Soundtakes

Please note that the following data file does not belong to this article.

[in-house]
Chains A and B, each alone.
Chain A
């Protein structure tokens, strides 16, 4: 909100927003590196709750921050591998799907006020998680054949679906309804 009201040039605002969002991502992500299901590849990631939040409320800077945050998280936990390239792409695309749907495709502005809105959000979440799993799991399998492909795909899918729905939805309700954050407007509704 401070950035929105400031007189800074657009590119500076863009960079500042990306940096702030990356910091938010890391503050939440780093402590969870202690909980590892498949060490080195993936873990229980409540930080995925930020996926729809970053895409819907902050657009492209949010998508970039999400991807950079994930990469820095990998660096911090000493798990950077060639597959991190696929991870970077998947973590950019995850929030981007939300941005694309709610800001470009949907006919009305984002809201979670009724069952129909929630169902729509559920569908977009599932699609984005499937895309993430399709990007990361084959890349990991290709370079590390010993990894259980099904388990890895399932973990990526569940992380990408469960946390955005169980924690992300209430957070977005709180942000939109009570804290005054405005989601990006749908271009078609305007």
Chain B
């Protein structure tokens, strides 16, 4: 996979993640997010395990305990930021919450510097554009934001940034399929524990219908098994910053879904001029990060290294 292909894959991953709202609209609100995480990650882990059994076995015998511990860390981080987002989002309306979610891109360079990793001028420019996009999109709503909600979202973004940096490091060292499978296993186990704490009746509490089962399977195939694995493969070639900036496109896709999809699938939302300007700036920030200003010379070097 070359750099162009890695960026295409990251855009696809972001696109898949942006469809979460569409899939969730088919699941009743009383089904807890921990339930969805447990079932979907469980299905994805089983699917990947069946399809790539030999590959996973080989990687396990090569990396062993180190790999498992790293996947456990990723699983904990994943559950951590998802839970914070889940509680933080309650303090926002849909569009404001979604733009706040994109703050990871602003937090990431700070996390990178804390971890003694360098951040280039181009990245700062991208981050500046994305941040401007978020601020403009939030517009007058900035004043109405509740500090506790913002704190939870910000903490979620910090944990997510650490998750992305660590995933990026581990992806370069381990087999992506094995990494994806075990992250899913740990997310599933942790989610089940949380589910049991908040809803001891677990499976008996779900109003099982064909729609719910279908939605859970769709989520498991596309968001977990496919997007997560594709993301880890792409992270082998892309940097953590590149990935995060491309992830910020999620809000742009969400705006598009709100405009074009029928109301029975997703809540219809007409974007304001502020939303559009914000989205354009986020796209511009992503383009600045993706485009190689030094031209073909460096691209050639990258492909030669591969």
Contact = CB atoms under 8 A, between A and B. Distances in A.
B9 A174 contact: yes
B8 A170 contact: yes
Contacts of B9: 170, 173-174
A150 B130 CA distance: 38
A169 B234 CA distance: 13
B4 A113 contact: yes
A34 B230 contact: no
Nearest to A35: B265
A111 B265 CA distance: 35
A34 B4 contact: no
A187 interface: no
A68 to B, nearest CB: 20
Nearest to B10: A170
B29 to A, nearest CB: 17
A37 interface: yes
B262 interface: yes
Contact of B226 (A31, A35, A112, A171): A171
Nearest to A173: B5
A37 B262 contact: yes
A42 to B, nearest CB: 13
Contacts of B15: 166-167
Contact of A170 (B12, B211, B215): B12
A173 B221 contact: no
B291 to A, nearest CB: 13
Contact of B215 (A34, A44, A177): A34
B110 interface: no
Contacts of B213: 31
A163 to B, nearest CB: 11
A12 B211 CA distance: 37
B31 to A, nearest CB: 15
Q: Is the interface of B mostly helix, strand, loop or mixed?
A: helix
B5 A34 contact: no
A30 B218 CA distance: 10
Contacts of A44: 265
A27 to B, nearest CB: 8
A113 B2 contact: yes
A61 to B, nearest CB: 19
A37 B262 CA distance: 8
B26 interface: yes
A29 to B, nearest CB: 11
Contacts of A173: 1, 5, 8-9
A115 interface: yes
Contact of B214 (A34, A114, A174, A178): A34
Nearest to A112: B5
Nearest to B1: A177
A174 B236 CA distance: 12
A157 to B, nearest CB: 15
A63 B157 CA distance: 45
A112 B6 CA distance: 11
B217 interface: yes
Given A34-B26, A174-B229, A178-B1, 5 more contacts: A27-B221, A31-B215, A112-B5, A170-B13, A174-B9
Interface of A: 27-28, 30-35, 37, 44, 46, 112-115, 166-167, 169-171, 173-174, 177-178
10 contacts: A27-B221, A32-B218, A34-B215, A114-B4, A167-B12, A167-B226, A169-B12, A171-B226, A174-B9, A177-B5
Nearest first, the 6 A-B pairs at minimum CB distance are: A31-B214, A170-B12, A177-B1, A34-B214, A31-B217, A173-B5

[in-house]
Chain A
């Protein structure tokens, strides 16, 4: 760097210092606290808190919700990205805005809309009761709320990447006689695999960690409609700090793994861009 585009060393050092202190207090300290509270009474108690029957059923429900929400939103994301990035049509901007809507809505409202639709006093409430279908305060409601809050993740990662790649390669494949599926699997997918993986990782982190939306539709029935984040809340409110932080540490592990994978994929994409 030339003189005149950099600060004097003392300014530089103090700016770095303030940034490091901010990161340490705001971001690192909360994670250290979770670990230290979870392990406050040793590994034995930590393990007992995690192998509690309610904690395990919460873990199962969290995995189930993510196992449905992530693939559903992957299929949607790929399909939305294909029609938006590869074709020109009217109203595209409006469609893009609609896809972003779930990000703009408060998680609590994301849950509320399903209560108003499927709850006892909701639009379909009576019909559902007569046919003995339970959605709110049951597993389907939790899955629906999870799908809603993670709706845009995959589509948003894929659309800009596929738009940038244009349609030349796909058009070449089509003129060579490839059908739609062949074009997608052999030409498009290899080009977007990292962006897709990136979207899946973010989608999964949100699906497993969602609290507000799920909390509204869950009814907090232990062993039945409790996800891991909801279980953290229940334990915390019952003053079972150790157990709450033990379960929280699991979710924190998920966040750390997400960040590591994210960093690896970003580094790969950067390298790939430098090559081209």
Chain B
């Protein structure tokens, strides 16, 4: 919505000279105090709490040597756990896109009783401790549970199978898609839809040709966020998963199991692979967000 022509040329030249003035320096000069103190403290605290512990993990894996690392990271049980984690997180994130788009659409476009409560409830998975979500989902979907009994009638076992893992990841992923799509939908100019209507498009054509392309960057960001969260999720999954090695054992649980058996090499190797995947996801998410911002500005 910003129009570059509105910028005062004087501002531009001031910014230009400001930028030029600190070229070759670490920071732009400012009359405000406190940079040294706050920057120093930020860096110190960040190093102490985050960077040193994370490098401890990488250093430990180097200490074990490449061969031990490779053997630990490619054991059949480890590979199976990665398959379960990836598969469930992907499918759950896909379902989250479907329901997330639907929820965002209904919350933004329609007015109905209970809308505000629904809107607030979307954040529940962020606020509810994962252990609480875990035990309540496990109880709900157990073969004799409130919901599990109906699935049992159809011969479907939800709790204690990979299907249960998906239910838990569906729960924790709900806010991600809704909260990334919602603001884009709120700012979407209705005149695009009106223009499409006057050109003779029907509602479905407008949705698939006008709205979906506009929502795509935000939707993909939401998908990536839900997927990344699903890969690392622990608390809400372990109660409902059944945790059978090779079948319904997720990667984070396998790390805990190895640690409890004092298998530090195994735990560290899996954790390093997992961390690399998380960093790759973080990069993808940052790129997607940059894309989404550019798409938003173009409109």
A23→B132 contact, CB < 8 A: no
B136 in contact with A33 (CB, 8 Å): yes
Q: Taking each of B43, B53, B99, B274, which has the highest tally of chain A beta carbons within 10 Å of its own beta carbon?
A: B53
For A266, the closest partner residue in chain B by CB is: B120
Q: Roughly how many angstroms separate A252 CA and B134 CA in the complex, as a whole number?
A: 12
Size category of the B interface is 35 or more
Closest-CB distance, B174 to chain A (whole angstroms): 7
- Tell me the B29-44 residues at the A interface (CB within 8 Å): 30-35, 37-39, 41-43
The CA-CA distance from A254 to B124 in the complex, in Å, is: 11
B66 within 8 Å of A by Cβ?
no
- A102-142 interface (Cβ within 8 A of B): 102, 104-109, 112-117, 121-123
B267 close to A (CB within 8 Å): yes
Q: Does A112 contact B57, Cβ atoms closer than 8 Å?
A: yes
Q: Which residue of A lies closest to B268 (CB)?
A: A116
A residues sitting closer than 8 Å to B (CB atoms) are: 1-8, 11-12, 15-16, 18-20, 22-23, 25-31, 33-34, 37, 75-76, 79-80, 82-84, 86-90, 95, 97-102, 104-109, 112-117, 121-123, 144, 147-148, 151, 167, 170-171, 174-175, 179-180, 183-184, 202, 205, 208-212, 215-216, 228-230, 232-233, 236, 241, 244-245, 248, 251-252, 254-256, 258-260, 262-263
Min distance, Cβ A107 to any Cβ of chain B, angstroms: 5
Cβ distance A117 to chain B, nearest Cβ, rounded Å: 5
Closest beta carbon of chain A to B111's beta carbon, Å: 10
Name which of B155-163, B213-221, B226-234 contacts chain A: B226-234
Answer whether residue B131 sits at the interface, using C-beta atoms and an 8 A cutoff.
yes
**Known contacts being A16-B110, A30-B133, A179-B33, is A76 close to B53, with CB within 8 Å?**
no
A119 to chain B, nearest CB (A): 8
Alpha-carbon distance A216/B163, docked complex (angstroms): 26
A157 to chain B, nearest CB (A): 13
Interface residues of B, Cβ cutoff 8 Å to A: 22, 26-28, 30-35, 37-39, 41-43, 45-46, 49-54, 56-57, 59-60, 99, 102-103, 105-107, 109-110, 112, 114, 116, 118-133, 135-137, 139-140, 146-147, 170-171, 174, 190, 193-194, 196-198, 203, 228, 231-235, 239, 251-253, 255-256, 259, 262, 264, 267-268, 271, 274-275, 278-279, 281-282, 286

CLASSICAL Richard Wagner: ``Tristan und Isolde''; ``Tannh"auser''; ``Die Meistersinger von N"urnberg.'' (Orchestral selections.) Berlin Philharmonic, Herbert von Karajan, conductor. (Deutsche Grammophon digital 413 754-1 [LP]; 413 754-2 [CD]) -- This release holds few surprises for anyone familiar with Karajan's slow, textured approach to Wagner. Nevertheless, it is a deeply satisfying release, from the majestic power of the ``Tannh"auser'' overture and Bacchanale through the hushed, contemplative ``Meistersinger'' thi rd-act Prelude -- a great conductor and great orchestra responding to great music. The ``Tristan'' excerpts -- the standard Prelude and ``Liebestod'' -- are more richly rendered than ever, with a weariness suffusing the ``Liebestod'' that is resolved only in the final moments, for a hushed but epic feeling of release. With 50 minutes of playing time, this is not the most generous of recordings. But it is handsomely engineered and offers a vivid representation of Karajan in an autumnal mood. -- Thor Eckert Jr. JAZZ/POP/ROCK Carly Simon: ``Spoiled Girl'' (Epic Records FE 39970) -- What have they done to Carly Simon's voice? Singing her propulsive song ``My New Boyfriend,'' she sounds in spots positively electronic -- thanks to some wizard in a recording studio. And the drum machine sounds like someone pounding on an oil tanker. Yet it's a new and remarkably pleasing tune for Simon on an album that's otherwise mostly a rehash of past work. But that doesn't mean there isn't plenty to enjoy here -- especially for her devotees. Th ere's the poignant, nostalgic ``Make Me Feel Something.'' Or the sympathetic ``Interview,'' a disco-ish song about a celebrity-scared reporter. And if you like Simon, you'll love ``Tired of Being Blonde,'' a discovering-herself song in a time warp from the '70s with a splendidly powerful refrain. While her voice -- so resonant and full of character on the lower notes -- is a welcome friend, we would have liked more newness to this new LP. But this is solid pop -- stuff we'd happily accompany on the car radio. -- David Hugh Smith

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